• For seniors with early-stage dementia items such as a magnetic whiteboard for the fridge and Post-It notes to label cupboards and drawers.
  • Coupons for rides to the doctor, mall or community event are useful provided you can commit to the gift. Getting people out and about to avoid social isolation is key to good health so this is a good one for those who depend on others to get out of the house.
  • Adaptive clothing is a welcome gift for someone with limited range of motion. There is a wide range available and some very pretty styles. A favourite of The Oldish is Silverts – so much so that we have an affiliate link on our sister website page, Brown Healthcare.
  • FireAvert is a device that shuts power off to your stove when the smoke alarm sounds from food left unattended. Invented by a firefighter and featured on Shark Tank, the device is available for electric or gas stoves.
  • Slippers, shoes or boots with really good tread to replace the ones that have worn-down tread that are a slip and fall hazard. Hint: don’t forget to make sure the old ones get thrown out.
  • Items that support hobbies are always welcome. Many of us have been exploring new interests as we are spending more time in our homes so online education classes and supplies to either get a hobby off the ground or sustain an existing hobby make a great gift.   https://www.theoldish.com/hobbies-to-sustain-you-through-winter/
  • An account with the local taxi company with pre-paid rides or a transit pass – This is a gift the whole family can contribute to for a senior aging in place who no longer drives. The account can be added to for birthdays, Mother’s/Father’s Day, Easter or any occasion.
  • Squatty Potty was invented to help people poop from a more natural position. It isn’t uncommon for older adults to become constipated due to inactivity so a little help may be in order. Available in original white plastic as well as bamboo, teak and models called Moonlight and Eclipse that feature a motion-activated light.
  • Bidet toilet seats were all the rage last year but a bidet toilet is a gentle, sanitary tool for those who have range of motion issues as well. Many are available with optional warm water ability, but you’ll need to install an electrical outlet behind the toilet to have this function properly so make that part of the gift.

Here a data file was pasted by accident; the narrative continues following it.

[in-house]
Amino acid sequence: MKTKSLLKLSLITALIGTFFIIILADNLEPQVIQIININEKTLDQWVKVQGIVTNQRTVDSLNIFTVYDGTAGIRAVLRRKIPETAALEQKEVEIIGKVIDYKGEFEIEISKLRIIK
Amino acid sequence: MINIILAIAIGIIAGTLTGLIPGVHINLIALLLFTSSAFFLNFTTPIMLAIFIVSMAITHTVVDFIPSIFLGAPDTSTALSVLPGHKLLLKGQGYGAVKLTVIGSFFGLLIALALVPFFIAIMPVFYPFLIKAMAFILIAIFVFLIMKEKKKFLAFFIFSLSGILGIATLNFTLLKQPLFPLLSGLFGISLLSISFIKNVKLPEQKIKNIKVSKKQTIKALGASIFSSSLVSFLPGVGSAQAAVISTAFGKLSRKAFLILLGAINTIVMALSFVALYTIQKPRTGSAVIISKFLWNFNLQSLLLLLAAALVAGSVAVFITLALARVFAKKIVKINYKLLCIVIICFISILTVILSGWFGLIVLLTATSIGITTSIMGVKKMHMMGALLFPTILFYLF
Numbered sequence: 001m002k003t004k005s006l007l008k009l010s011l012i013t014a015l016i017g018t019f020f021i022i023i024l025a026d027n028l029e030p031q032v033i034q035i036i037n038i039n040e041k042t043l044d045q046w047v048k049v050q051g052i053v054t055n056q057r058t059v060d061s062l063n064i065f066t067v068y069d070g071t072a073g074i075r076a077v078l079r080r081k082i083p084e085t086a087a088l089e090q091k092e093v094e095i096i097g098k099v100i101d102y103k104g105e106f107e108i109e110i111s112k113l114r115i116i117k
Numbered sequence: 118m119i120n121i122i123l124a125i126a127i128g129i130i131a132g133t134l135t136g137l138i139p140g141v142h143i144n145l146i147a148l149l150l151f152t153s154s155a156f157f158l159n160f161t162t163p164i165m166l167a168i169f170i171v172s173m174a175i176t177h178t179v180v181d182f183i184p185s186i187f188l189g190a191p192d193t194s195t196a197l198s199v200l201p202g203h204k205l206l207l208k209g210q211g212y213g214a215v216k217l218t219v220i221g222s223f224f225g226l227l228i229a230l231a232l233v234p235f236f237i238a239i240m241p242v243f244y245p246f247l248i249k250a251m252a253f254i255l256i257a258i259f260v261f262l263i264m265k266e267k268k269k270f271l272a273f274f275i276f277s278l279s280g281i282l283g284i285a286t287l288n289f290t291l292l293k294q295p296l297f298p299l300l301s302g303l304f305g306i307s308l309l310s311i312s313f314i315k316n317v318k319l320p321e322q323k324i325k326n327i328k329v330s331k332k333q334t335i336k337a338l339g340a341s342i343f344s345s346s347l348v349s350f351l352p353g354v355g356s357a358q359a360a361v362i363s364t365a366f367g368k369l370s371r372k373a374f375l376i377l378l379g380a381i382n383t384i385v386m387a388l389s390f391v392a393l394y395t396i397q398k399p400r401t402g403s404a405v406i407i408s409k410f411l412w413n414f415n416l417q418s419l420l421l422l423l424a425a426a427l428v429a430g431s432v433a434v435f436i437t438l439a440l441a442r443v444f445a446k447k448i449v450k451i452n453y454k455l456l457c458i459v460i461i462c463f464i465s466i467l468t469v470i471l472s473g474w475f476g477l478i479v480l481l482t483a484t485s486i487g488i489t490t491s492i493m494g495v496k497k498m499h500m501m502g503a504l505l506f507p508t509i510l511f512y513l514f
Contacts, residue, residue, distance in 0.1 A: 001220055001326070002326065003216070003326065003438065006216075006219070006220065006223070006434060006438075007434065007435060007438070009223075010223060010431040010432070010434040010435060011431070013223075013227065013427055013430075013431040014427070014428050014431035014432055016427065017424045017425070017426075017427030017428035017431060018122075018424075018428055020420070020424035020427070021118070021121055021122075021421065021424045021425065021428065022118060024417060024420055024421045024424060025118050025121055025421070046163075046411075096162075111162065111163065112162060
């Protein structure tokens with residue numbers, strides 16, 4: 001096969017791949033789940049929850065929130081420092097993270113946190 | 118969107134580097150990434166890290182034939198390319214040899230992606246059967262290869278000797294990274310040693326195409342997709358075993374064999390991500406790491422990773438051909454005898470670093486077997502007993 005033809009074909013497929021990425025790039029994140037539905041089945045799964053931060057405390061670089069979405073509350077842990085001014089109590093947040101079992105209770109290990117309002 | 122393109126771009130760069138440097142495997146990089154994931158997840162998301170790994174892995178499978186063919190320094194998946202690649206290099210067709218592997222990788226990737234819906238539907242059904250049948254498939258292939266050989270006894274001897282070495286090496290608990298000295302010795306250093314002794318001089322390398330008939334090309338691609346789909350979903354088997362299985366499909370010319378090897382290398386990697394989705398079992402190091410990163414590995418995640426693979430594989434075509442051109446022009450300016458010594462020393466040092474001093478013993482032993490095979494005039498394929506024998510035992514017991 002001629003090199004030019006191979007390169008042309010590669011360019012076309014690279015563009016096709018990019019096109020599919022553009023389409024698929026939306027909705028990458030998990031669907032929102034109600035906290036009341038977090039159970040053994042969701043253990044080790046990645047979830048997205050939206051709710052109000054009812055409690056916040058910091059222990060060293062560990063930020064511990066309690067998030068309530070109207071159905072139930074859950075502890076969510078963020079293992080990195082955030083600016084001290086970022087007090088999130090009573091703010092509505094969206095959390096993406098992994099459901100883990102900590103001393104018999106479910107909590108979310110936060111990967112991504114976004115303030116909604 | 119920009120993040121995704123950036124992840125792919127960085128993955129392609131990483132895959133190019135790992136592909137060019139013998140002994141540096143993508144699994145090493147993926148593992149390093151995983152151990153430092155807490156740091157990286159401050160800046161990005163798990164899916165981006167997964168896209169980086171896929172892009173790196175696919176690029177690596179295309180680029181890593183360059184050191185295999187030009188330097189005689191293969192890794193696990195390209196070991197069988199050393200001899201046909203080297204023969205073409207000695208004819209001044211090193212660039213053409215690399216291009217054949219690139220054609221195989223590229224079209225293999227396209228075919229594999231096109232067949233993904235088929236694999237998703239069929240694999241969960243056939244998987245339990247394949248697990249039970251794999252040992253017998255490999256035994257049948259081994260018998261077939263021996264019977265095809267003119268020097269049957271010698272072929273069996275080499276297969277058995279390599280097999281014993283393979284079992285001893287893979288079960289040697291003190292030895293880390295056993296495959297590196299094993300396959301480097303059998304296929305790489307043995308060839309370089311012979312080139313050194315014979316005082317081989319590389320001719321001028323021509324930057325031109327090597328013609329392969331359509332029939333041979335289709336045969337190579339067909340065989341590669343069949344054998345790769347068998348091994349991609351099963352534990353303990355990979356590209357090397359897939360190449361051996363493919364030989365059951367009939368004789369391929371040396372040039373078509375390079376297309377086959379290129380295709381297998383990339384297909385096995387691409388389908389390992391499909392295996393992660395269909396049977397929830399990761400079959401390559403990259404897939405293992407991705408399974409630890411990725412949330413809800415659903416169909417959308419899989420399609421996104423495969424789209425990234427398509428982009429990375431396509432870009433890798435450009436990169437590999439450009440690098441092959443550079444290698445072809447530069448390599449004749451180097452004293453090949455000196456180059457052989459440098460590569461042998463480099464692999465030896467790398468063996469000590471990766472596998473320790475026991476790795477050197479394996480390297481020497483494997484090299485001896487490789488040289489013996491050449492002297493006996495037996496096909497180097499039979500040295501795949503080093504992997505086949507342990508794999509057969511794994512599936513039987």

• Gift boxes no doubt there’s a gift box that will make everyone happy no matter if they like cheese, coffee, wine, socks, meat, candy, razors, underwear, cocktails, plants, eco-friendly cleaning supplies, ties, snacks or, well, you get the drift. There’s a smorgasbord of gift boxes available with deliveries varying from monthly to quarterly to annually so do your homework and match your recipient to the perfect gift.
  • A can opener might be just the thing to make a comeback for someone who loves to cook and bake. Many people switched to manual handheld can openers over the past couple of decades however there are some newer models of both manual and electric can openers that are one-handed operations and sit beautifully on the counter. Look for those that cut the side of the can, reducing the opportunity for fingers to be cut by sharp lids. We haven’t tested the models so do your research.
  • A selection of greeting cards to have handy including birthday, anniversary and condolence cards – don’t forget a roll of stamps. Go the extra mile and print off sheets of return address labels and, if you can get your hands on the recipient’s address book you can also consider pre-addressed peel and stick labels.
  • Easy Daysies is a task scheduling system for older adults aging in place who need support to continue living independently. Task stickers that fit on magnets remind them to eat, take medication, have a shower, turn the stove off or call someone to check in.